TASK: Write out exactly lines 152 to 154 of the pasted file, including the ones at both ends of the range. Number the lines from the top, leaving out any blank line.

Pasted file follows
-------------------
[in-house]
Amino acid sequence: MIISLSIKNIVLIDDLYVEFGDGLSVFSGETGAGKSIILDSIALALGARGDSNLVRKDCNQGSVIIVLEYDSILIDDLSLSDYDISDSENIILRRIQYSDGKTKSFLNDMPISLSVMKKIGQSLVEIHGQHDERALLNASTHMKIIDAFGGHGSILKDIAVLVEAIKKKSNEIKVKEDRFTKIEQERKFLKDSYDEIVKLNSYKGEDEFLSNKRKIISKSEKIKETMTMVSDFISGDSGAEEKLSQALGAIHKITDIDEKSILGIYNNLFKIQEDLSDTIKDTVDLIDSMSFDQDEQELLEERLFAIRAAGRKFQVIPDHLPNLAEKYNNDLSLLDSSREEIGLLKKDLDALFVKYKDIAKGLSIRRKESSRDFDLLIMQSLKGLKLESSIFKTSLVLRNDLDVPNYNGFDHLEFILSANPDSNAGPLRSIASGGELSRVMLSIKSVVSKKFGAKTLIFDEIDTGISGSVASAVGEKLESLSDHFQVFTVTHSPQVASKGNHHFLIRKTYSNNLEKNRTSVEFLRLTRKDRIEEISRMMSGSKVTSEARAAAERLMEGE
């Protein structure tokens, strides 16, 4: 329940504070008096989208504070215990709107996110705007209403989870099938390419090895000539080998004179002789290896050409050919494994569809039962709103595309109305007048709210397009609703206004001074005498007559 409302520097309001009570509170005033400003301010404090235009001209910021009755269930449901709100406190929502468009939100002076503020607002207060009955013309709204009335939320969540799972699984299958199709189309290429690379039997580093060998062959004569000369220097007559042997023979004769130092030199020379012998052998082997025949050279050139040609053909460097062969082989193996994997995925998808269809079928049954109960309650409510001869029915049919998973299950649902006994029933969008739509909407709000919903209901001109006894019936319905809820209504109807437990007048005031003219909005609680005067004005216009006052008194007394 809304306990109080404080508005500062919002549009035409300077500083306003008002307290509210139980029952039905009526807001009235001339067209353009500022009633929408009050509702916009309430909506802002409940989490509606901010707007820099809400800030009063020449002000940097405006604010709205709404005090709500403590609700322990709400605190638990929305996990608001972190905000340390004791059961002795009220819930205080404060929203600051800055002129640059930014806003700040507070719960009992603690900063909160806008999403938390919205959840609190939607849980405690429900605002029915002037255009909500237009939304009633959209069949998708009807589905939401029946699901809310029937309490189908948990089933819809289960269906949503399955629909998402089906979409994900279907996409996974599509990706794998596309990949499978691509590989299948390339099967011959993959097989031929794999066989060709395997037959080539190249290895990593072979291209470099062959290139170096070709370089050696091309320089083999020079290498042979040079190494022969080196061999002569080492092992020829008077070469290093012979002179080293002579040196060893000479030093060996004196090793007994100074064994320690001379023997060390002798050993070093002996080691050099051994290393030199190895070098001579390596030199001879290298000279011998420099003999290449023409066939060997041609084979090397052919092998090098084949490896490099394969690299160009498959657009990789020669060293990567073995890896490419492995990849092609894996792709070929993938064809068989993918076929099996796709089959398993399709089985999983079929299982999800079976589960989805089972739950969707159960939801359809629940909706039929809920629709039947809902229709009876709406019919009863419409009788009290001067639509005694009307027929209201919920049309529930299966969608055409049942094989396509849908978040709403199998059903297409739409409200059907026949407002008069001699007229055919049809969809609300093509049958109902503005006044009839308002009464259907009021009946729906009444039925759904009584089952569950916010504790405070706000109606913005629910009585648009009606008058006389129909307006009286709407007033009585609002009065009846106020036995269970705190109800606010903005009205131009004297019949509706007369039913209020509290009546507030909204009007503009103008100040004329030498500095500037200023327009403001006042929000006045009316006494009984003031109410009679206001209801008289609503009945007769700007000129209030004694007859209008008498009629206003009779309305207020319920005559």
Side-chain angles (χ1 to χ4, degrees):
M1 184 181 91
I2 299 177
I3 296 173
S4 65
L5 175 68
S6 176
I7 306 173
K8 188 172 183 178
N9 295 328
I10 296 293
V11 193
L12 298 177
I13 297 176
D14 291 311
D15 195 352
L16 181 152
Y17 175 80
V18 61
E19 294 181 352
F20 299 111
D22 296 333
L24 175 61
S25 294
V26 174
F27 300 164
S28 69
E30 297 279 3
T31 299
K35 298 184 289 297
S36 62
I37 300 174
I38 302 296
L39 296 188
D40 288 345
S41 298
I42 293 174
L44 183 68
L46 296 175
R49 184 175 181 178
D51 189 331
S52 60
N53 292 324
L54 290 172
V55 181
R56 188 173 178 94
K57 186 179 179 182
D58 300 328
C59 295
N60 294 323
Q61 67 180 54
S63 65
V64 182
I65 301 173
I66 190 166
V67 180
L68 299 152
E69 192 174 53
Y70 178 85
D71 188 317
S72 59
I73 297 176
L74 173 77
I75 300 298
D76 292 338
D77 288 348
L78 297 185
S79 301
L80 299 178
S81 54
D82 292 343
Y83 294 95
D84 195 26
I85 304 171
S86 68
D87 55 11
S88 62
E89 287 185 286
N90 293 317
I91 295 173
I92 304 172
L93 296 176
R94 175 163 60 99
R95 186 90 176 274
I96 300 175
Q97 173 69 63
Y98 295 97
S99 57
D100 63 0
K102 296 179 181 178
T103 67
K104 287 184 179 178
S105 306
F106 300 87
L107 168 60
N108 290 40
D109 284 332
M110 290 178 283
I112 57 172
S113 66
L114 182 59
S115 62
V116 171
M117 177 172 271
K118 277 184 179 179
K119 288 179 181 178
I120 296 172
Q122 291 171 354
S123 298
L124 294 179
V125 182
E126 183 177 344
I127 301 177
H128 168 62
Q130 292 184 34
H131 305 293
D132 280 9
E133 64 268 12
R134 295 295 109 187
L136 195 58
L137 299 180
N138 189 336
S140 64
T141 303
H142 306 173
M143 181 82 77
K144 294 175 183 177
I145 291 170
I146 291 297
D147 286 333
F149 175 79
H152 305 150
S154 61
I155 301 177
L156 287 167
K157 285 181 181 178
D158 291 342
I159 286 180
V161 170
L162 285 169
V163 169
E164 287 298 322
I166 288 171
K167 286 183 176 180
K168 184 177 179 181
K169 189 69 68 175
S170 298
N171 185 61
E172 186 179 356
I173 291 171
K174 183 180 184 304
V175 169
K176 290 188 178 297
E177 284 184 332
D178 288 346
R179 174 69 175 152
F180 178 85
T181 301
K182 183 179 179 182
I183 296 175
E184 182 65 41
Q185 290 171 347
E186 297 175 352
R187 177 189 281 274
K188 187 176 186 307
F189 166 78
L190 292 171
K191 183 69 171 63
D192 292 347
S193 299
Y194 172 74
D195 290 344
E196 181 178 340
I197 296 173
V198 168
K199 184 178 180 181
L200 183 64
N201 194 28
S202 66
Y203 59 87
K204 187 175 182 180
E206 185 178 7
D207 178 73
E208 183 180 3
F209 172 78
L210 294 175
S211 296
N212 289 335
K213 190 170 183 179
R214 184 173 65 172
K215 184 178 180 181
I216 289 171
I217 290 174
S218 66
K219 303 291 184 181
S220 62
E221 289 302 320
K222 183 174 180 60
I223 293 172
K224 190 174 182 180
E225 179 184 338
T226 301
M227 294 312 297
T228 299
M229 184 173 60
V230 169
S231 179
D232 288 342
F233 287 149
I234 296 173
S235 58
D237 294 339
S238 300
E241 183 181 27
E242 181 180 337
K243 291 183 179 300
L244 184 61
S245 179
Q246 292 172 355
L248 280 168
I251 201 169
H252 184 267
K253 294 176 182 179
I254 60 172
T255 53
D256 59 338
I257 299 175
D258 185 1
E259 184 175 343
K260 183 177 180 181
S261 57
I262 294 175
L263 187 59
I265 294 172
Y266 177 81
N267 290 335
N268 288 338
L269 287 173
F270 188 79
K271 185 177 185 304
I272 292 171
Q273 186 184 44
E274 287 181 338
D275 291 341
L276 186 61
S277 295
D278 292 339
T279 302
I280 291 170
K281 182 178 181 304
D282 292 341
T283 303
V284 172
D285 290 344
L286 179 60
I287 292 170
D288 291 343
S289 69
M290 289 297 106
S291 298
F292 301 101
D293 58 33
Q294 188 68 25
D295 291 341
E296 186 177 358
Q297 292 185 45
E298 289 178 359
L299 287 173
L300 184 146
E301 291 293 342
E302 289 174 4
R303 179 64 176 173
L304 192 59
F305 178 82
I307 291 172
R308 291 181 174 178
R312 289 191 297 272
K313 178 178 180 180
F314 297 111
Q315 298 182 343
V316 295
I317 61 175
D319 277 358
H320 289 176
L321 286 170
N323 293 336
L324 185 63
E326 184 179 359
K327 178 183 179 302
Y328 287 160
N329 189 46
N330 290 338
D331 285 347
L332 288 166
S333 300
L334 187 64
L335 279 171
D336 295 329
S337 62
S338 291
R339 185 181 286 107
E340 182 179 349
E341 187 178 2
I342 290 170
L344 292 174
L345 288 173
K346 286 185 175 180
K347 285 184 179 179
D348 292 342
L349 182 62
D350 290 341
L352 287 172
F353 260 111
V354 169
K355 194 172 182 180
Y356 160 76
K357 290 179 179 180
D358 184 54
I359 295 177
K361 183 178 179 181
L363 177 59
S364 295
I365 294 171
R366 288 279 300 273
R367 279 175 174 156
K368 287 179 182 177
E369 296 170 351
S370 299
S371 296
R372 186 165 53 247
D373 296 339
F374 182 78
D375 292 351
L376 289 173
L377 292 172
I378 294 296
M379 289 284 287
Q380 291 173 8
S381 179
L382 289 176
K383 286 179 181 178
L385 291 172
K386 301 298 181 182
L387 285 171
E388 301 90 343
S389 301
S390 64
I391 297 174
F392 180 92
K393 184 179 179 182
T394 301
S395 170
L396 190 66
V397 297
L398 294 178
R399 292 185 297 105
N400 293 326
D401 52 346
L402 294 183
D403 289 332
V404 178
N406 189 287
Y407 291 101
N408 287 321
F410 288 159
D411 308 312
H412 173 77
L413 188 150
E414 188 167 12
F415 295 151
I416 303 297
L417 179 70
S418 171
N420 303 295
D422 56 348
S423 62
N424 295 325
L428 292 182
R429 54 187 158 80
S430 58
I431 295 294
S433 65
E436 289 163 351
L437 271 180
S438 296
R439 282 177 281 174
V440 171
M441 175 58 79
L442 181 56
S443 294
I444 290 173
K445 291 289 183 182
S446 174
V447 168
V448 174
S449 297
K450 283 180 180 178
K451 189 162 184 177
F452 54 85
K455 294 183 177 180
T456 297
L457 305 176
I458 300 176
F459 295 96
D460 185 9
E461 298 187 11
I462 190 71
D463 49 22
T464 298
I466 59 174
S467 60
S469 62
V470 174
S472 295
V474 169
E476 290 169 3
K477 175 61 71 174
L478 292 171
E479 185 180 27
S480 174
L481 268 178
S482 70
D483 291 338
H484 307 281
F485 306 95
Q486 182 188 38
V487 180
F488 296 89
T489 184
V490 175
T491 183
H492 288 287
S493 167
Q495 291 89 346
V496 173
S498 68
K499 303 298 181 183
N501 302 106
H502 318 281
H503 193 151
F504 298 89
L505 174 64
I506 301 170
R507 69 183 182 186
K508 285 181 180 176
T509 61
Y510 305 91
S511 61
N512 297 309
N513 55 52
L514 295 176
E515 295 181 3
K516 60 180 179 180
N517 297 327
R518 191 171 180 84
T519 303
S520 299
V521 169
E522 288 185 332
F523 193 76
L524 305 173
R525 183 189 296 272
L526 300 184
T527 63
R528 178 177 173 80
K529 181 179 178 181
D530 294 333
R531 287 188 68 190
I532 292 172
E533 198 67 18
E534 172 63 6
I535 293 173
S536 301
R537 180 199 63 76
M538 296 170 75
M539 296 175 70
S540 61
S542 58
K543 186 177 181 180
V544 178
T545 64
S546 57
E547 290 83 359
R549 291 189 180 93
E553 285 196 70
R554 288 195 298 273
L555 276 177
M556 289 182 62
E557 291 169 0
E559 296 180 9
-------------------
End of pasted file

E172 186 179 356
I173 291 171
K174 183 180 184 304